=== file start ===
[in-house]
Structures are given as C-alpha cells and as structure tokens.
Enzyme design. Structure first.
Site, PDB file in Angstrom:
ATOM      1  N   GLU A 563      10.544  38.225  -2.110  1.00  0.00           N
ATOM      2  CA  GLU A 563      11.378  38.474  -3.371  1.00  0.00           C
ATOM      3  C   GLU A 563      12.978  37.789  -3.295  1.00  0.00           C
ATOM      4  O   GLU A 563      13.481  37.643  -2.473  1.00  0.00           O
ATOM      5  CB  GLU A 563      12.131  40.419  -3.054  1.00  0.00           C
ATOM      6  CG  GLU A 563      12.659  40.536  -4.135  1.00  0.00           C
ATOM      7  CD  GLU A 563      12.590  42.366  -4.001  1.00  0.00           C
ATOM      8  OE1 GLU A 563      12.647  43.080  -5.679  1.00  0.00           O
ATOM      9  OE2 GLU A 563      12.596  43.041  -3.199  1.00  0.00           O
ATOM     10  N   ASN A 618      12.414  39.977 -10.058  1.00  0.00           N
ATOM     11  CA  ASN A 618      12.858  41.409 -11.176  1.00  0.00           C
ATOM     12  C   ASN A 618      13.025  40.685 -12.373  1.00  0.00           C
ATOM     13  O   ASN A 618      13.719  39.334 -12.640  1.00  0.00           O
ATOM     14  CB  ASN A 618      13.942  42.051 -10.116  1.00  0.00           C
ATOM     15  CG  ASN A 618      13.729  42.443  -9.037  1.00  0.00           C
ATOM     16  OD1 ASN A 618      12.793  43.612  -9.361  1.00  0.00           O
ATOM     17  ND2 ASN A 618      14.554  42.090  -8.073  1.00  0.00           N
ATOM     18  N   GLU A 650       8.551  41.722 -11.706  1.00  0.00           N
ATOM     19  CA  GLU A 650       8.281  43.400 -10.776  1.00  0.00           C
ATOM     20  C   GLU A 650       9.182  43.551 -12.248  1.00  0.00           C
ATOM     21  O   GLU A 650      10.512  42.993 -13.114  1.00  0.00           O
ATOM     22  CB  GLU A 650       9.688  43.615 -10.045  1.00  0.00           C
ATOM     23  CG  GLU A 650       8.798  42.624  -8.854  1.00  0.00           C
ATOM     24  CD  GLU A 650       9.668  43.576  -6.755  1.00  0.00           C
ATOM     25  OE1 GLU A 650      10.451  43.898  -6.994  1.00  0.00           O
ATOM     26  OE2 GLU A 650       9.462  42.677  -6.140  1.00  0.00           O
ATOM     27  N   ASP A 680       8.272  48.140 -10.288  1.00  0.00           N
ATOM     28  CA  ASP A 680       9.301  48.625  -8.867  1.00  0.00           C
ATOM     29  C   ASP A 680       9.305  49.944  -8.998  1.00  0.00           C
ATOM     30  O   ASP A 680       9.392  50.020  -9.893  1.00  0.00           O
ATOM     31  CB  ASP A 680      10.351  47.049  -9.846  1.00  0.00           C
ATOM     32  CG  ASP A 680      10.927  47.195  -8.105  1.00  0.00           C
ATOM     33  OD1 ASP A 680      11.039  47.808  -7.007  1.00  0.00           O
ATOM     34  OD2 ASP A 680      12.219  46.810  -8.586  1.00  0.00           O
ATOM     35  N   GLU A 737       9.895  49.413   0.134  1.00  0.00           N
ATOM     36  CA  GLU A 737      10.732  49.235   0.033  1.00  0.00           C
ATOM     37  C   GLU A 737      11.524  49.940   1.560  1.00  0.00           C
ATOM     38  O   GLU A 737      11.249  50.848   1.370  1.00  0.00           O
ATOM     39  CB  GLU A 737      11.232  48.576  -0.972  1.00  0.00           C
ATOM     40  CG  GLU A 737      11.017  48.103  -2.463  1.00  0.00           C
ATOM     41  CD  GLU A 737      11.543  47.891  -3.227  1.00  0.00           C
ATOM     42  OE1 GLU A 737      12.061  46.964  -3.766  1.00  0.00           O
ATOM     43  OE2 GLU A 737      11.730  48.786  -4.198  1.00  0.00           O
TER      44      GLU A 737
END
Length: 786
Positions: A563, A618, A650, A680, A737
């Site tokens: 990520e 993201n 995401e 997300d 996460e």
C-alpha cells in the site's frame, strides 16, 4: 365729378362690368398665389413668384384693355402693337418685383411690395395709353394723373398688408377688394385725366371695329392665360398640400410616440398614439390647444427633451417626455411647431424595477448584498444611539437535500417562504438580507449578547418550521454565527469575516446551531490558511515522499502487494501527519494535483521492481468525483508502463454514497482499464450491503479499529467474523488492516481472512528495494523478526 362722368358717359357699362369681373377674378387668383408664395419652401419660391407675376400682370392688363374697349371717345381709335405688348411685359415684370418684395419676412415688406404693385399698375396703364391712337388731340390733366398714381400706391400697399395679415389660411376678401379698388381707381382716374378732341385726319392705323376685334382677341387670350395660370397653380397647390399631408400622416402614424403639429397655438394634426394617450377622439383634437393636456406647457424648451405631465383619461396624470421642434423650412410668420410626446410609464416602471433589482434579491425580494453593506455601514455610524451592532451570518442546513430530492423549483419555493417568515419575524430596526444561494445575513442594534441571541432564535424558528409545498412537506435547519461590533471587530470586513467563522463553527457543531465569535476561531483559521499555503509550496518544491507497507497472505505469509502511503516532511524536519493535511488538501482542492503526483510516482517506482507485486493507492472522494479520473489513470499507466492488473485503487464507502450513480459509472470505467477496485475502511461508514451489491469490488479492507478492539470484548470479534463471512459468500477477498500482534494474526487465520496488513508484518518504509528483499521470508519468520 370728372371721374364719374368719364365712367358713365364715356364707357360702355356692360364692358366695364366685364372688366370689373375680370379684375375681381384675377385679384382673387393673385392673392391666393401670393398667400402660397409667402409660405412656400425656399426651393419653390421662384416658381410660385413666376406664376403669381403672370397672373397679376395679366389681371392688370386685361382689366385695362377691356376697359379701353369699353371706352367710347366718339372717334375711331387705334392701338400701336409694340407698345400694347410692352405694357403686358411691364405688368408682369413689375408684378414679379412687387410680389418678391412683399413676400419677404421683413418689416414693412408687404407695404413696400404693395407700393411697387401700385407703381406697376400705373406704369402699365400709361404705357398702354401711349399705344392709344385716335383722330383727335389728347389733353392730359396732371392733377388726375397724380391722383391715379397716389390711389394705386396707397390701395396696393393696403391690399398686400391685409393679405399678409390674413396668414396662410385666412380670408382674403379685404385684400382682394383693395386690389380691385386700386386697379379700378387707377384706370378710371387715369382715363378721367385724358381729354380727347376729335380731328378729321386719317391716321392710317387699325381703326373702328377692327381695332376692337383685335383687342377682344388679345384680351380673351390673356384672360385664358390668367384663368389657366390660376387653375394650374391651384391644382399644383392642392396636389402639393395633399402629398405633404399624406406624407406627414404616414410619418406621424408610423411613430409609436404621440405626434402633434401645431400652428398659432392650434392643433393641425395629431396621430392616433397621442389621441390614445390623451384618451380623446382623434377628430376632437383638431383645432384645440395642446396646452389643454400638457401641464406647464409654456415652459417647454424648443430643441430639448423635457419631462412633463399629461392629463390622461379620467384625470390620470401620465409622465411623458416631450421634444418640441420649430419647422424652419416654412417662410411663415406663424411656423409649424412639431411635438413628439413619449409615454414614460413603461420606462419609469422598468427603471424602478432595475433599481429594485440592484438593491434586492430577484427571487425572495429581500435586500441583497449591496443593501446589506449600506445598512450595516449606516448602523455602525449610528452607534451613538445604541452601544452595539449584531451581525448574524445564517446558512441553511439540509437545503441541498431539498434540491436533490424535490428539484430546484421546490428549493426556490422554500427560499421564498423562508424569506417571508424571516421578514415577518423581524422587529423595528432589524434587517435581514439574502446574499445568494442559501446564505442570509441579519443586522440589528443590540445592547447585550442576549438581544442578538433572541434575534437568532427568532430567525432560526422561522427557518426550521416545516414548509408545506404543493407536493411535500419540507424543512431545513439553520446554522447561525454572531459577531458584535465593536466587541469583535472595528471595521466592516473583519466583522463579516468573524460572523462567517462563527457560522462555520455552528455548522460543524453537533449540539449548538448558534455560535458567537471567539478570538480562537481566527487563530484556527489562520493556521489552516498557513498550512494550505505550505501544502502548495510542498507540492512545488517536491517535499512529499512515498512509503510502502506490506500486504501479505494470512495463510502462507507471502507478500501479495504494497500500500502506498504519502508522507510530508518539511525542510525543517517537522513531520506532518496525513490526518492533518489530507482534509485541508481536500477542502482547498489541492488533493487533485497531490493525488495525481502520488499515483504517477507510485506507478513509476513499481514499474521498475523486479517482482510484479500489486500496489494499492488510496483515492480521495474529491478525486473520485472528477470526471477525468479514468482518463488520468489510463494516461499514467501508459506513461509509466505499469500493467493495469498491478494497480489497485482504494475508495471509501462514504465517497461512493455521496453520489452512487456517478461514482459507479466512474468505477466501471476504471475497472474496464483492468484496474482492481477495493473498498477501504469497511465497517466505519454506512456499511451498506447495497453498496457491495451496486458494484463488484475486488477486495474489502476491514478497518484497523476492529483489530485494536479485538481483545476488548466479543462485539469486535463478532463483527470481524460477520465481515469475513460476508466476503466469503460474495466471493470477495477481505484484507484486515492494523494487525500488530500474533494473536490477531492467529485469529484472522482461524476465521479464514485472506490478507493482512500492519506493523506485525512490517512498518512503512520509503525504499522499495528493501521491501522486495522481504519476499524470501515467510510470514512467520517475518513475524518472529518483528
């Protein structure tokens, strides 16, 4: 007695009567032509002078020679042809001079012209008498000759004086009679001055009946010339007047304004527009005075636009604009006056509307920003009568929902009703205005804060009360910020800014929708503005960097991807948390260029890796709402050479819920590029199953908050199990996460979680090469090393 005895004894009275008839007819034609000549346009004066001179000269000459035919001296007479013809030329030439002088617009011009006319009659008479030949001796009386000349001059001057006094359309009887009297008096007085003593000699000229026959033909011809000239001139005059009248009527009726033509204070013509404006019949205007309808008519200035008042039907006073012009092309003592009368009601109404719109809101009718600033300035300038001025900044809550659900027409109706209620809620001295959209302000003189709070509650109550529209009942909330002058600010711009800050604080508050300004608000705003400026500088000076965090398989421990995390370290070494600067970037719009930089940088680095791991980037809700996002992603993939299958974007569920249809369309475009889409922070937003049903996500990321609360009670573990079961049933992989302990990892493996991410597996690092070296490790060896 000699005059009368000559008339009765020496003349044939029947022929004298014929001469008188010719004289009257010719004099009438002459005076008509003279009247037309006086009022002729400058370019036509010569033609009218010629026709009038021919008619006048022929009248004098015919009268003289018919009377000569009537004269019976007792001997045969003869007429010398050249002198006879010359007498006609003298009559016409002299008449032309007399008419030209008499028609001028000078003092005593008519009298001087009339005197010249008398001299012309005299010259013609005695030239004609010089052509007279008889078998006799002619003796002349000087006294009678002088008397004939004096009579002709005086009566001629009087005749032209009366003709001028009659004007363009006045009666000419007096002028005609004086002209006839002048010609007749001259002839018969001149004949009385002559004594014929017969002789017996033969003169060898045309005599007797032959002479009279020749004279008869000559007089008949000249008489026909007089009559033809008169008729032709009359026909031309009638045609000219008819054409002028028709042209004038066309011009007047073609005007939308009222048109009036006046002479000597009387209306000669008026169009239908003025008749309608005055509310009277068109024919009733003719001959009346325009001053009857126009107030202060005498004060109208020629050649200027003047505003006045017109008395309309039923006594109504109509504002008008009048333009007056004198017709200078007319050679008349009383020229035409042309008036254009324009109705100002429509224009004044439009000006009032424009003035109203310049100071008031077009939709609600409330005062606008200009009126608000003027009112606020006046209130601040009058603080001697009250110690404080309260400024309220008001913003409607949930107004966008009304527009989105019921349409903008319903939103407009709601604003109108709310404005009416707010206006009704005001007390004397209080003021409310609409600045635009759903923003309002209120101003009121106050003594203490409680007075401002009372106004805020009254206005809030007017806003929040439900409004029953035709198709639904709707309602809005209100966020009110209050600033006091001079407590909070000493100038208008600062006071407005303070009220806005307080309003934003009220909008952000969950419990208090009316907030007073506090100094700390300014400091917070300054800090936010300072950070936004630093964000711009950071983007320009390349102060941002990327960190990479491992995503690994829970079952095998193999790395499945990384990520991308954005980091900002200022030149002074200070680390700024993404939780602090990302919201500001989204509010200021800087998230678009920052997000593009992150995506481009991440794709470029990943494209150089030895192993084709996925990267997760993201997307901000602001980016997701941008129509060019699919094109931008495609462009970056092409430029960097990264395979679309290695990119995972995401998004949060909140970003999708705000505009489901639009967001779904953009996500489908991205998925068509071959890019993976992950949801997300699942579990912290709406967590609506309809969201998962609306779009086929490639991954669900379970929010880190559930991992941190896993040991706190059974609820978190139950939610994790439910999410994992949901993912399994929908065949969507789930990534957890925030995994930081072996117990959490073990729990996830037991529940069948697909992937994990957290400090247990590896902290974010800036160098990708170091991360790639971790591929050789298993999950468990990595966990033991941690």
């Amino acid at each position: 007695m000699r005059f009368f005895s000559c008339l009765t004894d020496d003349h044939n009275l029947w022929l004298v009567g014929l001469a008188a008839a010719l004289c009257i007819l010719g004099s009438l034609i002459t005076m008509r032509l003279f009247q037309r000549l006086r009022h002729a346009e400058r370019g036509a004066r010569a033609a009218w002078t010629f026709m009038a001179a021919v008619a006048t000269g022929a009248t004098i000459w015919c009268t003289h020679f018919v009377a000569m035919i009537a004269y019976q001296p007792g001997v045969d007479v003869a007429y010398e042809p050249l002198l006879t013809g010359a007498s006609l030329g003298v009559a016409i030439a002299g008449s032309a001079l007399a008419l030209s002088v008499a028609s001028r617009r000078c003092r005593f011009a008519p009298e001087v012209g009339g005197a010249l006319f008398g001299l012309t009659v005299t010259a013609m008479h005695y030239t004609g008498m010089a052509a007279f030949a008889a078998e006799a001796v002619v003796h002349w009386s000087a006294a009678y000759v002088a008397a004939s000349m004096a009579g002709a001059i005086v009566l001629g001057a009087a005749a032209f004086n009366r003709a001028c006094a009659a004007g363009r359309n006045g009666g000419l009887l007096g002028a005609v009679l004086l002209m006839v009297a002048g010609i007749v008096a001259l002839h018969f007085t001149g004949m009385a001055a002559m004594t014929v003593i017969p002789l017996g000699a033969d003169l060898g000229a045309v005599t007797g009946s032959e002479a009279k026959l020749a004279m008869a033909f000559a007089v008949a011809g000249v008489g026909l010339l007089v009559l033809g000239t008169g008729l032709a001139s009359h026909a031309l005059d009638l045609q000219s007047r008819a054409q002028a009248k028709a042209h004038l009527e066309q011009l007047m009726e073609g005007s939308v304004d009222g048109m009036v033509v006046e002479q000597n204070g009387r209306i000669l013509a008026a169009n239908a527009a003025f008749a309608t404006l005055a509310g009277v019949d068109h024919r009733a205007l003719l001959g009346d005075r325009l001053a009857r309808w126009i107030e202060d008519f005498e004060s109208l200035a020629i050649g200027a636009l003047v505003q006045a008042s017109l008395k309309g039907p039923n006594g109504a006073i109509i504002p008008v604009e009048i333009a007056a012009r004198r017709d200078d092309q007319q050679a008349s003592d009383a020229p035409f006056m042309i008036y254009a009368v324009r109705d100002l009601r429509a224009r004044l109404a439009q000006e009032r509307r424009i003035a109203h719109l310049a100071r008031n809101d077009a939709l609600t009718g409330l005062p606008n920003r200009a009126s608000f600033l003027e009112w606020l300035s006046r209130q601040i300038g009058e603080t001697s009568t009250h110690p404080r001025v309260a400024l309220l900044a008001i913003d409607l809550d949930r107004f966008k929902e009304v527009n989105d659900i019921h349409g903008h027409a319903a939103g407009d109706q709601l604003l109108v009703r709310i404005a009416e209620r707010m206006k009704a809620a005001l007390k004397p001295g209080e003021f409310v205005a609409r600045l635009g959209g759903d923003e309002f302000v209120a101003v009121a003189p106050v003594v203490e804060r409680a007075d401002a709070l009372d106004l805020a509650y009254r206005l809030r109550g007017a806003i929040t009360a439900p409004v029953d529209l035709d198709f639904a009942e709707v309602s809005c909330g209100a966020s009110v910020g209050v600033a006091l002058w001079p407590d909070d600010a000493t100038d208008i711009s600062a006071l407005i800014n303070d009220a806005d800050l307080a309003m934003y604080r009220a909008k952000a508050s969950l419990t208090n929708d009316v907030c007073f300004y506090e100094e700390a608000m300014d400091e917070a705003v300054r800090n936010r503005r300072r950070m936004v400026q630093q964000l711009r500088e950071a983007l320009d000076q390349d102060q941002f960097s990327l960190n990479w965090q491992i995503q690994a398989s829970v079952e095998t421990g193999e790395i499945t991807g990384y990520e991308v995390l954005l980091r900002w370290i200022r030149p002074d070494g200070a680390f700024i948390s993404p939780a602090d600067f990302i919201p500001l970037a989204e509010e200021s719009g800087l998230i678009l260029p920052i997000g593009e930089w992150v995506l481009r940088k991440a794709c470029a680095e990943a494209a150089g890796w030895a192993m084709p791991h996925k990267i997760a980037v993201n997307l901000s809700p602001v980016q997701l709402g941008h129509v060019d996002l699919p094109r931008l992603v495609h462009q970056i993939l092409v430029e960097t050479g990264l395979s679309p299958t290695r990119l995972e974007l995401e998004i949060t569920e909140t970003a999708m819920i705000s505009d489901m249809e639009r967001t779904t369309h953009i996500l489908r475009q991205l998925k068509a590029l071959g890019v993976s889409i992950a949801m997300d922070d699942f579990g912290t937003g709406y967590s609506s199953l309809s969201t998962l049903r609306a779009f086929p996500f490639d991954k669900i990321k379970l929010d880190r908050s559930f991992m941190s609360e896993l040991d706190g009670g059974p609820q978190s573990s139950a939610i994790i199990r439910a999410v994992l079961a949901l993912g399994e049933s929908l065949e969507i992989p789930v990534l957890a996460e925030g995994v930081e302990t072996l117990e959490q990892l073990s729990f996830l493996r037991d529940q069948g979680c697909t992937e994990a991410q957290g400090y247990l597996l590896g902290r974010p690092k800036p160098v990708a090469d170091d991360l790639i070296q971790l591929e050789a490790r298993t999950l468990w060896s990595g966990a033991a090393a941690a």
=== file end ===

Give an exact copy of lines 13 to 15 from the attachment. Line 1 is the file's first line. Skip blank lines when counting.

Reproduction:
ATOM      9  OE2 GLU A 563      12.596  43.041  -3.199  1.00  0.00           O
ATOM     10  N   ASN A 618      12.414  39.977 -10.058  1.00  0.00           N
ATOM     11  CA  ASN A 618      12.858  41.409 -11.176  1.00  0.00           C